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Labor Council tackles recall force

Letter to supporter of the RVTD recall effort says building owners act unfairly to union

An arm of the powerful AFL-CIO union has threatened to blackball a Medford business that it says is aiding recall efforts against board members of the Rogue Valley Transportation District.

The Southern Oregon Central Labor Council, in a letter dated Dec. 11, says InTransit, Inc. of Medford is allowing a property at 3661 Lear Way to be used as the recall headquarters.

The letter says the company risks being placed on list of businesses that have acted in an unfair manner against the union. The list contains the names of companies such as Wal-Mart and Bi-Mart.

Written by Jim Alexander, president of the council, the letter says the recall effort is being directed against two members of the RVTD board who are also affiliated with the labor council.

The RVTD board members ' Mary Wooding and Carol Bennett ' are two of five board members who are the subject of the recall.

Recall supporters say they have about 4,000 of the 6,810 signatures required by Jan. 13 to force a vote.

In the letter, Alexander says, You will be required to answer the charges and show cause why the Southern Oregon Central Labor Council should not put you on the Oregon AFL-CIO Unfair List.

Recall supporter Gwen Johnson, whose husband is president of InTransit, fired a letter back to the labor council on Dec. 13 denouncing the threatening letter.

Johnson, who said she wasn't aware until Tuesday that InTransit was still listed as the owner on the county's tax records, said the company hasn't been at the Lear Way address for about a year and a half. She said she believed the owners of the building are her husband, John Johnson, Sara Sennet and herself.

In her letter to the labor council, Johnson said the letter should have been directed against the appropriate parties.

I am not surprised at your letter as current board members of RVTD seem to operate on the basis of lies and threats to taxpayers who ask them to account for their behavior and spending of taxpayer's dollars rather than honest open answers, the letter said.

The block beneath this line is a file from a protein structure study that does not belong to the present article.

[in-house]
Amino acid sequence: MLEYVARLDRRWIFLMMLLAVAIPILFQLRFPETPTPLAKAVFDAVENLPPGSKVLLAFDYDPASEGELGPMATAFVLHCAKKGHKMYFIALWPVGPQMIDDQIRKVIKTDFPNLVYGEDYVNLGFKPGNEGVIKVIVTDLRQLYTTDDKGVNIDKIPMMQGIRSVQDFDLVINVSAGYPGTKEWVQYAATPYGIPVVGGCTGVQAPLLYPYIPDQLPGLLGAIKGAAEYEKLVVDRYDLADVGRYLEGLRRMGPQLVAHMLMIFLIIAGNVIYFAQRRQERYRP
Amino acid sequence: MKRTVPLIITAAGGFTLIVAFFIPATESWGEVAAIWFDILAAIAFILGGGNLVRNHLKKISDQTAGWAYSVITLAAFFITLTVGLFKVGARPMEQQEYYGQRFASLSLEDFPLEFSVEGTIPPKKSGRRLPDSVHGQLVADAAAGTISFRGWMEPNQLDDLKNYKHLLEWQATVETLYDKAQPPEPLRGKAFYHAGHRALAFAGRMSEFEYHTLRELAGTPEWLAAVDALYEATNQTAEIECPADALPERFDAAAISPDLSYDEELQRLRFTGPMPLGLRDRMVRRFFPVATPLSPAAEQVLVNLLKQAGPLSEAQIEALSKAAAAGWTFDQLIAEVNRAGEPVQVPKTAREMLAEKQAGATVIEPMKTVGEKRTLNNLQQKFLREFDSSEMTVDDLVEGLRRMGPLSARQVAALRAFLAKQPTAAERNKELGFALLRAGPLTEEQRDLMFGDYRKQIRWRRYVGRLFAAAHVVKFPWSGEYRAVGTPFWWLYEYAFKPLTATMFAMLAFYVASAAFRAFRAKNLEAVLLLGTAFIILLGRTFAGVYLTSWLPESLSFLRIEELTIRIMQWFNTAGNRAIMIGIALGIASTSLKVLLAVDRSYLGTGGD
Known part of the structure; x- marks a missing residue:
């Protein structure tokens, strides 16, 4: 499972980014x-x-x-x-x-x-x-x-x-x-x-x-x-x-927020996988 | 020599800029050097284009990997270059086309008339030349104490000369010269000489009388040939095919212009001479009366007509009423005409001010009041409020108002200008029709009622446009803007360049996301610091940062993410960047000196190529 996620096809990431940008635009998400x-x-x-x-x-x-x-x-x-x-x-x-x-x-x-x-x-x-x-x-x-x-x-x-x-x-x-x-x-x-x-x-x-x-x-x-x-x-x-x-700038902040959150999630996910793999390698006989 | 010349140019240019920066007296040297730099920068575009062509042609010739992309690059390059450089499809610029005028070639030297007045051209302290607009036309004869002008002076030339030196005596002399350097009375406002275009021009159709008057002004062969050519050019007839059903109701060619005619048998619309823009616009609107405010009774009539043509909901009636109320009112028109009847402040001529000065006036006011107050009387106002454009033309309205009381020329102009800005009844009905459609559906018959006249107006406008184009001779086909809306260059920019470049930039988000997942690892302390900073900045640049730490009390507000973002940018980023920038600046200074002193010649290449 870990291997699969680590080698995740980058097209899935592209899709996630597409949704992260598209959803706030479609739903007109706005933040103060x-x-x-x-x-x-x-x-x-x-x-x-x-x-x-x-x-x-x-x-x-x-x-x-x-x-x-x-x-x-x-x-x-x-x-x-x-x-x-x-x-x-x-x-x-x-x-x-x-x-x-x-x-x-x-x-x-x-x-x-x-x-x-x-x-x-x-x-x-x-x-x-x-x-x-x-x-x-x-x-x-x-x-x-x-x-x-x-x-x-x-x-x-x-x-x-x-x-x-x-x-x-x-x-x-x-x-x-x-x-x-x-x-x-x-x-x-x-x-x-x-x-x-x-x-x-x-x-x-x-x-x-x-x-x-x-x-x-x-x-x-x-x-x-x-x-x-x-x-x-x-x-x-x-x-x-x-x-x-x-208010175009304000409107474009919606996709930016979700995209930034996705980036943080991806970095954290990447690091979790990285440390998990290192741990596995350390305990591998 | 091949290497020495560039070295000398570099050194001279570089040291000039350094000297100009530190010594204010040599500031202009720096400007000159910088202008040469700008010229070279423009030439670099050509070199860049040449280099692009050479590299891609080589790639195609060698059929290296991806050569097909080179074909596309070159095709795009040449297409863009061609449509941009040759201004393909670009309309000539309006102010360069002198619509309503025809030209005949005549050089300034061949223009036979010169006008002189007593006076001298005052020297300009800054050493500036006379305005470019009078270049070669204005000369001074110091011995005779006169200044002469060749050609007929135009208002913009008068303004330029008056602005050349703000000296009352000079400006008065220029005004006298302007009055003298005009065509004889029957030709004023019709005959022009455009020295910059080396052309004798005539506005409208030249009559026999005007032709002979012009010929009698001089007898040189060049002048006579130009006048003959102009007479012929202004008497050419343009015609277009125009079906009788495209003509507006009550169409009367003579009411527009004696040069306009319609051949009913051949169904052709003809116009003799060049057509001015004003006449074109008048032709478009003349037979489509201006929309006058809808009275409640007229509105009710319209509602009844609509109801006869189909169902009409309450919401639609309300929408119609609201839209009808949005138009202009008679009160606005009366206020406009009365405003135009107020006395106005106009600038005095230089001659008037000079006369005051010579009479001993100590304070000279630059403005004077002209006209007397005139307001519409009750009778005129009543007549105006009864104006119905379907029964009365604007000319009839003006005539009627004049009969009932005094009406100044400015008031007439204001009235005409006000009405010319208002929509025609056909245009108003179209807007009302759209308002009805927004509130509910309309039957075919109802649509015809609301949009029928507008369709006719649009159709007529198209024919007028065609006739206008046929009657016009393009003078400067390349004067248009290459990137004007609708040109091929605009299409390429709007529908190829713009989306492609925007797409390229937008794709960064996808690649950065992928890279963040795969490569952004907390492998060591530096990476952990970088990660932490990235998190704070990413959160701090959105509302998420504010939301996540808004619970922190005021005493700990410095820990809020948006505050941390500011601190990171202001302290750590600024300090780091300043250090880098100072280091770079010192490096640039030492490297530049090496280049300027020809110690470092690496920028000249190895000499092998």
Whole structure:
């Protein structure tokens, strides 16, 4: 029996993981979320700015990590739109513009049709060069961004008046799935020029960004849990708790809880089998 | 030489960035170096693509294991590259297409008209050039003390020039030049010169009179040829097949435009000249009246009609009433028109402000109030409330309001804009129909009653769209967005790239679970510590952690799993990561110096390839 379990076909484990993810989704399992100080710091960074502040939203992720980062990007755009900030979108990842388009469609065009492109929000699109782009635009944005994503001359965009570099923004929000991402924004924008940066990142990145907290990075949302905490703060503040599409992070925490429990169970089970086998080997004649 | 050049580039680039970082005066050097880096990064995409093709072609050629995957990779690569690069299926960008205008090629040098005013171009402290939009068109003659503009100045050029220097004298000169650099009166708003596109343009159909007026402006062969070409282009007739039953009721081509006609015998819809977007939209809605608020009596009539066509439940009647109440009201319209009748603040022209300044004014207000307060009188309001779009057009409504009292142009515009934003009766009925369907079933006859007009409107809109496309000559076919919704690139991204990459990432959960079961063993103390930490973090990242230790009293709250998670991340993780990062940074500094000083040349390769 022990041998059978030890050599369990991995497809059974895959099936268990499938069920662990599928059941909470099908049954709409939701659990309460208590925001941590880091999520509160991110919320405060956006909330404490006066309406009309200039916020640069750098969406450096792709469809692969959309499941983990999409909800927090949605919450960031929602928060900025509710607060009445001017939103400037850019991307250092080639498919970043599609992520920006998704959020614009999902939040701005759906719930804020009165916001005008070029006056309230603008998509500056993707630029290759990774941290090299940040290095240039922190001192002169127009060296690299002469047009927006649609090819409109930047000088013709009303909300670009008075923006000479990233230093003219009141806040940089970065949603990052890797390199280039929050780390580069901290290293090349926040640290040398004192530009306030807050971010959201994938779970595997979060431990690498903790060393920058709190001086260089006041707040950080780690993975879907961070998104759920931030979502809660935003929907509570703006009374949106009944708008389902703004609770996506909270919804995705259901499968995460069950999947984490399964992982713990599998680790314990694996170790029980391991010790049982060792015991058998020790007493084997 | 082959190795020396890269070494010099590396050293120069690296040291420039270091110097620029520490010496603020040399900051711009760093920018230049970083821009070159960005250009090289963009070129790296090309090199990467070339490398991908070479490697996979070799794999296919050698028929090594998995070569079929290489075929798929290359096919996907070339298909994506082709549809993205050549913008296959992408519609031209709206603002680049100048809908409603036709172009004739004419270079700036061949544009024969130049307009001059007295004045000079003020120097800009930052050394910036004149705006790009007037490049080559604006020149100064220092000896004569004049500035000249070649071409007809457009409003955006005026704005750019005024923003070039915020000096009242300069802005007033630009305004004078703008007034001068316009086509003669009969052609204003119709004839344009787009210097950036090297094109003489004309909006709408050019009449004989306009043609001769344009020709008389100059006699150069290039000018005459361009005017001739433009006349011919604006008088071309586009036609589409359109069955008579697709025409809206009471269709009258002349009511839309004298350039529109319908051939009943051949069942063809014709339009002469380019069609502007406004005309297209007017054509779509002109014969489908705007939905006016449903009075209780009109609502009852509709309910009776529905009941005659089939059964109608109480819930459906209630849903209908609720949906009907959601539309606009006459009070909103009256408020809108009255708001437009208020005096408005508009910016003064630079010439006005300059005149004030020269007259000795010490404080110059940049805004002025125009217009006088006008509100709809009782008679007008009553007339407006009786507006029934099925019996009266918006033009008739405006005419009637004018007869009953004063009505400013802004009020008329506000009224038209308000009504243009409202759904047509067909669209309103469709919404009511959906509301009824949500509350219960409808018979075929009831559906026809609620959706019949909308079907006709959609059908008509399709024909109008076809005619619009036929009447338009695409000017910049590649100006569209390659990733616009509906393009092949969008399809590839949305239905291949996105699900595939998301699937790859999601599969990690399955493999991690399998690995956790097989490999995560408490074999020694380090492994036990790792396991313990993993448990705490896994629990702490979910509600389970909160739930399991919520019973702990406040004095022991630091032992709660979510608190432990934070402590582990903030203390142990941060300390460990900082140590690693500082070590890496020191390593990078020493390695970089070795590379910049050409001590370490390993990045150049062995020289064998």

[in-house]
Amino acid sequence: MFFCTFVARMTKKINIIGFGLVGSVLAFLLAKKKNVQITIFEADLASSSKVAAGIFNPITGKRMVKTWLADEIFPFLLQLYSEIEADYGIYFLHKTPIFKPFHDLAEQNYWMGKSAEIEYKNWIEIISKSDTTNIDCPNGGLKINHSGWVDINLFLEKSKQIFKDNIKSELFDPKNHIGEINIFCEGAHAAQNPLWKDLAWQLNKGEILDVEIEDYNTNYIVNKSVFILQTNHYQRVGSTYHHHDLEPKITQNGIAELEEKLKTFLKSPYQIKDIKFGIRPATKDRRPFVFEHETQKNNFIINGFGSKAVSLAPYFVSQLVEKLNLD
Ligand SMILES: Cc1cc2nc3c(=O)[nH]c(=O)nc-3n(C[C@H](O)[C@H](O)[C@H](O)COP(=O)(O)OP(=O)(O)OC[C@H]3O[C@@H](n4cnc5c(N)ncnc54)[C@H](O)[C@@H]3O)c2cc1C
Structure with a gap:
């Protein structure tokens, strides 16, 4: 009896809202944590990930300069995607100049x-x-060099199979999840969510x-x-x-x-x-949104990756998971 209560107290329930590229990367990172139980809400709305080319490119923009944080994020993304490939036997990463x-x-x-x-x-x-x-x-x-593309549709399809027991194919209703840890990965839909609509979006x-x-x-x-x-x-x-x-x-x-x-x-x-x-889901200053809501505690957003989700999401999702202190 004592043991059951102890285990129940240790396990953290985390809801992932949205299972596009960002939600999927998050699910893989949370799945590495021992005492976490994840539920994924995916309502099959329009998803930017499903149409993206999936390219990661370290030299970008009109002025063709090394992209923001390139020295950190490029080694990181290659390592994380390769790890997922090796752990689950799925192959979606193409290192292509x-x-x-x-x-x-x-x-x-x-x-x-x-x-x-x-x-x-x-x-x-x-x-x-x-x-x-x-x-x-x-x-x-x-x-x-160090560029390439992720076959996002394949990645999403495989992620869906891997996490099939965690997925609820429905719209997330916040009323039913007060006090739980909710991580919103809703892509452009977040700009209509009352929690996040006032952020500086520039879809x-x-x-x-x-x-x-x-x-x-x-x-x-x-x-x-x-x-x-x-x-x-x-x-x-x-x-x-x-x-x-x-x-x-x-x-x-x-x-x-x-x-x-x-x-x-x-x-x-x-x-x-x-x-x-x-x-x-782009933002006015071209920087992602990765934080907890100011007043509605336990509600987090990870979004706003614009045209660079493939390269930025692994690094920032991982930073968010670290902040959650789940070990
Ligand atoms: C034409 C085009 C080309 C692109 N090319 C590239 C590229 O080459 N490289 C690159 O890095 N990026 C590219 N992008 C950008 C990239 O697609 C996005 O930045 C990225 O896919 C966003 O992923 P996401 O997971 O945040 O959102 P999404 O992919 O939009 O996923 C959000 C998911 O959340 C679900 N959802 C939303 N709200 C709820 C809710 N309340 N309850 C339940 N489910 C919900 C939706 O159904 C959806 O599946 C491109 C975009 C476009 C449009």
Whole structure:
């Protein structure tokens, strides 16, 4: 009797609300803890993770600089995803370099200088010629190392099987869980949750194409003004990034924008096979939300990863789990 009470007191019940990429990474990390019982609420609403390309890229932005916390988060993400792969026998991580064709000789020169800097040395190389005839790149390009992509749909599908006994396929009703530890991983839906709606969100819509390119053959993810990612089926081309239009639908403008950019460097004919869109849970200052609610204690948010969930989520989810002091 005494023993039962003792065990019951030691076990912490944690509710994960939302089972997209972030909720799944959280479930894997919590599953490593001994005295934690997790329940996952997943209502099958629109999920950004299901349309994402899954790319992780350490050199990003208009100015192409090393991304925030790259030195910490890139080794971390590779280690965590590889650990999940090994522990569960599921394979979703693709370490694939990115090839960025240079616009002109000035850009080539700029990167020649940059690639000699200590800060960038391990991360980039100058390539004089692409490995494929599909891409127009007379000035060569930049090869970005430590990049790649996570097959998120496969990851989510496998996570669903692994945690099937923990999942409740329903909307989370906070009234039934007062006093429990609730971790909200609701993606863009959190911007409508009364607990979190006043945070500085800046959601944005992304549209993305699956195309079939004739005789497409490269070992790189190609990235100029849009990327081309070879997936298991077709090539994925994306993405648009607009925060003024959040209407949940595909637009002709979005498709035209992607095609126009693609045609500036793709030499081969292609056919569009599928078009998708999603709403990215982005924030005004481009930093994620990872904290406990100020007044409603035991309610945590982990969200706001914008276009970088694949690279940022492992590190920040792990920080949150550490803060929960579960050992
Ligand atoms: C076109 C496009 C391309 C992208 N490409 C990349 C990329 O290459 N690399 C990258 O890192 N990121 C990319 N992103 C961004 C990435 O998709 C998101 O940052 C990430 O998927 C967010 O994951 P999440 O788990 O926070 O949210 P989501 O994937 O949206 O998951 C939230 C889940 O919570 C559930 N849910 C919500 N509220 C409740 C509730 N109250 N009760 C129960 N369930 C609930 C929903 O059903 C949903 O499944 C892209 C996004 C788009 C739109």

Dennis Heil, in-house corporate counsel for InTransit, was surprised that his company was still listed as owners of the Lear Way parcel. I really don't think that that's accurate, he said.

Heil says he believes the labor council will place his company on the unfair list regardless of what we do or might say.

In conversations with other affected companies in the state, Heil said that getting on the list has had no noticeable impact on business.

InTransit, which brokers loads for the trucking industry, doesn't do any business with RVTD, according to Heil.

This is Gwen Johnson's fight, not InTransit's, he said.

The letter to InTransit is the latest attempt to protect union interests since many of RVTD employees are in the Amalgamated Transit Union, according to Alexander.

In August, the union asked the Oregon Secretary of State's Office to investigate, among other complaints, mismanagement at RVTD over failure to receive a performance bond for a software program, resulting in the loss of &

36;350,000.

There should be an investigation by the state of Oregon, rather than everybody running off in different directions, said Alexander.

Brian Wilson, an auditor with the Secretary of State's office, said a meeting will be held Thursday with the Oregon Department of Transportation, which oversees RVTD, to discuss the allegations before determining whether an investigation is warranted.

RVTD board member Wooding said charges made by Johnson that there was a conflict of interest because of her union connection and her seat on the RVTD board were far-fetched.

She also disputes Johnson's claim that RVTD wants to bring Valley Lift, a federally mandated program that provides rides to the disabled, in house at RVTD because it would increase union membership.

Local taxi companies handle the bulk of the ridership for the program.

Reach reporter Damian Mann at 776-4476, or e-mail